Here’s a timely disclosure, especially since Toyota Gazoo Racing again copped last weekend’s 24 Hours of Le Mans in the first outing for the new hypercar class, encompassing hybrid-powertrain prototypes and replacing the existing DPi category. Cadillac swiftly followed by announcing its full intentions to rumble in this new sandbox, which exists thanks to a rules alignment between the NASCAR-owned IMSA WeatherTech Sports Car Championship in North America and the Automobile Club de l’Ouest in France, the historic Le Mans organizers. Beginning in 2023, Cadillac will take on the so-called hypercar category of global endurance racing with a fourth-generation V-series prototype that will, indeed, be in the hypercar ranks.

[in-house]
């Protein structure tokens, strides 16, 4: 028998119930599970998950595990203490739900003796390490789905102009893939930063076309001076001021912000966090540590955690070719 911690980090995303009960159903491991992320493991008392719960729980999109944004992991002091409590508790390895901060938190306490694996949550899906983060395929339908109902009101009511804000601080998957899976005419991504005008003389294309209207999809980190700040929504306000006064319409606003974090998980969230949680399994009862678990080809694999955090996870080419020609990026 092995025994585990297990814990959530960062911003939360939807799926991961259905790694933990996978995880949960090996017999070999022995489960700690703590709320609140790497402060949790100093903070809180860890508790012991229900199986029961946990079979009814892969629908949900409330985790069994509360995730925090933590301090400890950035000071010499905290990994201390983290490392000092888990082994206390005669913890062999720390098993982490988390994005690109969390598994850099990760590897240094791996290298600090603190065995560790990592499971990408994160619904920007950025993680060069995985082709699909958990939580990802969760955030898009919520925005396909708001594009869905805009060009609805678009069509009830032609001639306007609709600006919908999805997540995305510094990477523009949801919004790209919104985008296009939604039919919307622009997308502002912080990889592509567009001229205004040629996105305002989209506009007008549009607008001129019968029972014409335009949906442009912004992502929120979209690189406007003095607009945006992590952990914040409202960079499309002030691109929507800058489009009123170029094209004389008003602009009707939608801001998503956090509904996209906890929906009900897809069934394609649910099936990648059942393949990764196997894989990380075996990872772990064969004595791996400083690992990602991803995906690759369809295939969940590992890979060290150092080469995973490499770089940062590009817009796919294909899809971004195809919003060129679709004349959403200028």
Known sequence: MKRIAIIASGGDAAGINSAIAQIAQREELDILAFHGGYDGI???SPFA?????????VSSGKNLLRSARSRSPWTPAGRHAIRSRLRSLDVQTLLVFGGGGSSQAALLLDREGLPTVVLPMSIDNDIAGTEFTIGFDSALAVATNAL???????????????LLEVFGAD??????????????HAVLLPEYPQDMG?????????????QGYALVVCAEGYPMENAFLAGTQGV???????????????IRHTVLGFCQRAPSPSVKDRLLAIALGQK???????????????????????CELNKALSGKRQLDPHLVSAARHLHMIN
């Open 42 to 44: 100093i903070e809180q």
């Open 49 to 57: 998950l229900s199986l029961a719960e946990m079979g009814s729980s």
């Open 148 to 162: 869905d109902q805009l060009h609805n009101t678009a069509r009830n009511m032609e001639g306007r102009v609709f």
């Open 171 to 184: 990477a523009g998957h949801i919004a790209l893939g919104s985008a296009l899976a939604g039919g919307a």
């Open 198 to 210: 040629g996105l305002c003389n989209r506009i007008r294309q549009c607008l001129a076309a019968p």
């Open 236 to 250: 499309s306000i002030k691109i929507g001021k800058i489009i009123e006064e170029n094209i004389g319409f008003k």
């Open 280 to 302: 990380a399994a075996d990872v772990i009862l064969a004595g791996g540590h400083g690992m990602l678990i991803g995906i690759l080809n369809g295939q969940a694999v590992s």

The very preliminary conceptual sketch from GM Design gives one indication of what the Cadillac LMDh-V.R prototype, to use its formal name, may end up looking like. Cadillac’s competition partners will be Chip Ganassi Racing and Action Express Racing. The joint IMSA-ACO hypercar formula requires entrants to run a standardized chassis and spec hybrid powertrain system combined with a manufacturer-specific internal-combustion powertrain and bodywork. In keeping with past practice, the hypercar platform will be jointly developed by GM Design and longtime IndyCar chassis supplier Dallara, which maintains a race car factory in Speedway, Indiana, just down Main Street from You Know Where. A new Cadillac engine package incorporate the hybrid system is under development. Cadillac already owns four IMSA titles and four straight overall wins in the Rolex 24 at Daytona International Speedway.